LONDON: Some 54% of online ads are not seen by their intended recipients, but optimisation can deliver a 50% uplift in viewability, an industry specialist has argued.

Infectious Media, a real-time advertising business, collected data from campaigns it delivered across sites in France, Germany and the UK earlier this year and produced an infographic to highlight its findings.

"With a move to marketers only paying for adverts that are seen, this infographic highlights a sea of change in online advertising," said Attila Jakab, Client Services Director at Infectious Media.

In all, seven key reasons were spelled out for ads not being seen. These included ads loading out of view with users not scrolling, not loading in time, plug-ins not being supported, fraudulent practices, ad blockers, tab switching and non-fraudulent bots.

Fold position was identified as a key predictor of viewability, with 49% of viewable ads appearing above the fold and 30% below. The subsequent performance of an ad was tied to exposure rather than frequency, said Infectious Media.

The report further noted that the duration of impressions was highly variable and suggested that exposure capping was an effective way to drive performance while at the same time ensuring that audiences did not become exhausted by an ad.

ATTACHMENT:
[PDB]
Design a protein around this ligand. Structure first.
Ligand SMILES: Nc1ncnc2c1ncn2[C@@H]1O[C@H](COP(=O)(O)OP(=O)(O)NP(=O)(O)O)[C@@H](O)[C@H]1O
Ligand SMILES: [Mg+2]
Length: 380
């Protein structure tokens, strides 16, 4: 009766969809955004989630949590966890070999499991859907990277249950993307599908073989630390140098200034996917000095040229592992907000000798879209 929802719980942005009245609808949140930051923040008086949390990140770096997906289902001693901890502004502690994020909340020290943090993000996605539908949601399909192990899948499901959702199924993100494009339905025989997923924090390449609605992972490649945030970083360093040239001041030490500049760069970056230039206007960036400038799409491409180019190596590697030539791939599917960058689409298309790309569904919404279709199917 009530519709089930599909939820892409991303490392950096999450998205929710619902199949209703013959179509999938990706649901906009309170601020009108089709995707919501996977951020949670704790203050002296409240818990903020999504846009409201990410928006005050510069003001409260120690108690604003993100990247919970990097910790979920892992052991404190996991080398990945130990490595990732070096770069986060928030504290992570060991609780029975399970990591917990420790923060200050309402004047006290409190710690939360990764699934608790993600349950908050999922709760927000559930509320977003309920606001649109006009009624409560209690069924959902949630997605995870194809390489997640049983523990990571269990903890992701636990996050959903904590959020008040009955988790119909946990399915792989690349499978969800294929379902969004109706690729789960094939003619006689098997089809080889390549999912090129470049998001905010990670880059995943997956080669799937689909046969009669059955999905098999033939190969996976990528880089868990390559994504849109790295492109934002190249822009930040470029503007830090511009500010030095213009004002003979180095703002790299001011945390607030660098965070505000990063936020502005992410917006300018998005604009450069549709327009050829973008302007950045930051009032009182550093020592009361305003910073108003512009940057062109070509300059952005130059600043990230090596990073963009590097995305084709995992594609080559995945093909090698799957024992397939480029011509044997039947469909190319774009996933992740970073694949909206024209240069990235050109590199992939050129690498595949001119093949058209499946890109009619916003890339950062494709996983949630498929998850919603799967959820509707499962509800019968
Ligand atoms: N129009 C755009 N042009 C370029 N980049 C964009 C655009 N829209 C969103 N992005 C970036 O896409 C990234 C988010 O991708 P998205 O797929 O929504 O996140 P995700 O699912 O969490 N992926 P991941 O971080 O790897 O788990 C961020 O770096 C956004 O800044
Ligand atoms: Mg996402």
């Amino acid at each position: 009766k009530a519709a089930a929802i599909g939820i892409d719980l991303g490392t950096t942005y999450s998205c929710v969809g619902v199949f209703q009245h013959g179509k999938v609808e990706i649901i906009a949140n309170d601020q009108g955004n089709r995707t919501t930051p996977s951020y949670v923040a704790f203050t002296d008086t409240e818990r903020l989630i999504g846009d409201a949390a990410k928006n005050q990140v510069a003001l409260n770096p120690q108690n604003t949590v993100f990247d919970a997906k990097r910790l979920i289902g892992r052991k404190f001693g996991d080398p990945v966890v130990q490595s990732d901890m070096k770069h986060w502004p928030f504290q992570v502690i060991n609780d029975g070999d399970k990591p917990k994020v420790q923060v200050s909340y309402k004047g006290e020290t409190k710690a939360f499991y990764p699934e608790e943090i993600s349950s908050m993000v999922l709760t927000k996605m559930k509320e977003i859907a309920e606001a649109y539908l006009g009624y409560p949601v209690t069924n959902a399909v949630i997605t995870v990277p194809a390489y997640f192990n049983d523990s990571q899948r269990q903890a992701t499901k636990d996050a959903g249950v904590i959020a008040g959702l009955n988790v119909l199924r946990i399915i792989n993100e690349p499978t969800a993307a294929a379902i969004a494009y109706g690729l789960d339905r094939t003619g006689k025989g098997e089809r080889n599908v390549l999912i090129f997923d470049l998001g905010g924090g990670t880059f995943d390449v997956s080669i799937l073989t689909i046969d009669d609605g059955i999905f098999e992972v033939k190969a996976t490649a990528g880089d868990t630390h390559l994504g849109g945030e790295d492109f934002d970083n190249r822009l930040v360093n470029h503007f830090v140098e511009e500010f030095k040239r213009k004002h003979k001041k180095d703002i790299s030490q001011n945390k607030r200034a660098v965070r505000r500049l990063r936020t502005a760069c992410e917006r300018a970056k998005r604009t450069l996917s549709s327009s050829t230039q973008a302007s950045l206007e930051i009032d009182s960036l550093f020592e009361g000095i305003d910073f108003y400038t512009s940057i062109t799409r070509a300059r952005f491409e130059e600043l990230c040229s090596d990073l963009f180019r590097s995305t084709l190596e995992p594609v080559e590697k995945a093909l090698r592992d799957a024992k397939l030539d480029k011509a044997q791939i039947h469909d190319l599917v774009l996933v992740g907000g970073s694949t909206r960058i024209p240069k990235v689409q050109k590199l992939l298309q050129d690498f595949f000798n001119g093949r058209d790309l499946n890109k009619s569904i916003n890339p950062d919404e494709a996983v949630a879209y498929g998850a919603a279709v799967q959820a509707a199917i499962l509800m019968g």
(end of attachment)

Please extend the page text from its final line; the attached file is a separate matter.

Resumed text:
Marketers should also favour inventory with higher viewability rates as this too delivered a better campaign performance, with the 50% uplift in views already mentioned and an increased likelihood that viewers will take action by clicking through.

"Brand marketers are able to use this approach to safeguard the quality of their advertising inventory, whilst performance marketers can benefit from the increased response that is triggered by more viewable advertising," Jakab said.

The debate around the viewability of ads was further complicated recently when Sticky, a company that uses webcams to track users' eye movements as part of its research, claimed that just 14% of ads were actually seen, compared to the 46% that were viewable.

Data sourced from Infectious Media, MediaPost; additional content by Warc staff